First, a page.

After widespread ridicule, the Federal Bureau of Investigation late last night backed away from its initial claim that the 10-hour hostage crisis at a Texas synagogue on Saturday was not “specifically related to the Jewish community.”
The FBI Sunday night released a statement admitting that the incident was “a terrorism-related matter, in which the Jewish community was targeted.”
Meanwhile, it has now been revealed that 44-year-old British national Malik Faisal Akram was “known to police” in the United Kingdom, but was somehow able to obtain a Visa to come to the United States.
Following the standoff, FBI Special Agent in Charge Matt DeSarno initially said, “We do believe from our engagement with this subject that he was singularly focused on one issue, and it was not specifically related to the Jewish community. But we’re continuing to work to find motive and we will continue on that path. In terms of the resolution of the incident, the hostage taker is deceased.”
DeSarno added: “We are continuing to work to find motive.”
Akram had chosen a Jewish venue in Colleyville, Texas—on the Sabbath—to demand the release of a Pakistani terrorist, dubbed “Lady al Qaida,” who was convicted of trying to kill U.S. Army officers in Afghanistan.
Biden's FBI: The Islamist terrorist, who held Jews hostage at a Texas synagogue, on Sabbath, was “singularly focused on one issue” that was not “specifically related to the Jewish community.
He then adds “We are continuing to work to find motive.” pic.twitter.com/RUPFhORWbs
— Ari Hoffman (@thehoffather) January 16, 2022
As the hostage situation was playing out Saturday, Michigan’s attorney general, Democrat Dana Nessel, speculated that white supremacists were behind the attack, the Washington Free Beacon reported.
Appearing on MSNBC on Saturday afternoon, about an hour after it had been reported that the attacker was demanding the release of imprisoned terrorist Aafia Siddiqui, Nessel said her “biggest concern” was that the attack was a “hate crime” or “domestic terrorism,” pointing to “white supremacy organizations.”
“We have seen an incredible rise in rhetoric that is anti-Semitic being trafficked all around the country,” Nessel said, noting “an exponential rise in the formation and the membership of these extremist organizations, many of which are white supremacy organizations, and they traffic in hatred against Jews and other minorities.”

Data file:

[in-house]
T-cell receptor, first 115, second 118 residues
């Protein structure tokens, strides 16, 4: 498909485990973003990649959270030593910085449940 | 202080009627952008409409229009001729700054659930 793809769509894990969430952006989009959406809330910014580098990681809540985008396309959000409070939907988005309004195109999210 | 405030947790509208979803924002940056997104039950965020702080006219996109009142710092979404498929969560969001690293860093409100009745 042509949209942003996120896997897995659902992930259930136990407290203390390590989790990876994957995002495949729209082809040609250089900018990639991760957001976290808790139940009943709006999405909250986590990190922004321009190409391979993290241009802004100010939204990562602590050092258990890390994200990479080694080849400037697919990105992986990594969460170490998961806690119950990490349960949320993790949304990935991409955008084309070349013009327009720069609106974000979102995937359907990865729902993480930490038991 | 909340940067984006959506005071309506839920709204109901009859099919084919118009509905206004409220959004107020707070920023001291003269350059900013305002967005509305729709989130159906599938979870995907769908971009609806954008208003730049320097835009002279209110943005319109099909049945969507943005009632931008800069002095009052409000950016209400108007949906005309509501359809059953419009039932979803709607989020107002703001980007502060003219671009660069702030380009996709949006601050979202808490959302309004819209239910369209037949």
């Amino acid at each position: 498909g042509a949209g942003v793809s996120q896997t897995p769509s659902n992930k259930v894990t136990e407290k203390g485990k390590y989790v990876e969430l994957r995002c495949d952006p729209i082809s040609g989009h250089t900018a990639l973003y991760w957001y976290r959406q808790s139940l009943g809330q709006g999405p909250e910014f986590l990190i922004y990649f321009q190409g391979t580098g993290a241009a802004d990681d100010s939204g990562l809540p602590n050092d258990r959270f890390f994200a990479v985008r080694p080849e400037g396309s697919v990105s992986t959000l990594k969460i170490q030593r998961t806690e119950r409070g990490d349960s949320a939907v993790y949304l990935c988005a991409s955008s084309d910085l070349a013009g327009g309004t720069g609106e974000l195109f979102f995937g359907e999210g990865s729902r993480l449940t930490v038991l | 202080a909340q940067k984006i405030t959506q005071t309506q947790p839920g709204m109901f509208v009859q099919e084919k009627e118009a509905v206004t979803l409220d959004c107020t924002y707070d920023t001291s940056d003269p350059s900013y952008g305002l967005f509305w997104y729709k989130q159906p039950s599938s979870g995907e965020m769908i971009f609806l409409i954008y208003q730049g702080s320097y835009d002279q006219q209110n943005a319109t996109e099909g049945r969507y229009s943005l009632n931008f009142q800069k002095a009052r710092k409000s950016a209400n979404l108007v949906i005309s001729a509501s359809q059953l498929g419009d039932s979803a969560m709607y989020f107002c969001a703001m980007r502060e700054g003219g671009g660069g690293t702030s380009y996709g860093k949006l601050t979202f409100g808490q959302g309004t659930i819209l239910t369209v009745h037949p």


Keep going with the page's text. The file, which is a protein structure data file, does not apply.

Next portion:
“If it does turn out that is the motivating factor here, it would hardly be a surprise,” Nessel added.
This narrative collapsed as more facts came out, and by Sunday evening, Fox News host Shannon Bream reported on Twitter that the FBI had changed its story: “This is a terrorism-related matter, in which the Jewish community was targeted, and is being investigated by the Joint Terrorism Task Force,” the new statement read.
During the hostage crisis, Akram allegedly demanded Siddiqui’s release in exchange for four hostages.
One hostage was released shortly before 5 p.m. local time, while the other three hostages were freed as the FBI executed a strike on Akram, killing him.
CNN reported that British authorities arrested two Manchester, England, teenagers in connection with the Texas incident.
The unnamed teenagers are being held for questioning at the time of this reporting, and it is unknown what role they may have played in planning the attack.
Akram was well known to police in the UK, and had been banned from the Blackburn Magistrates’ Court in 2001 for “repeatedly threatening and abusing the court staff,” the UK Sun reported. Since then, he’s been jailed for changing the identities of stolen vehicles and then selling them.
Akram’s brother, Gulbar issued a statement on Saturday saying the family was “devastated” by the incident in Texas.
Gulbar confirmed in an interview with Sky News that his brother was “known to police” and argued that he should not have been allowed into the United States.
“He’s known to police. Got a criminal record. How was he allowed to get a visa and acquire a gun?” he asked.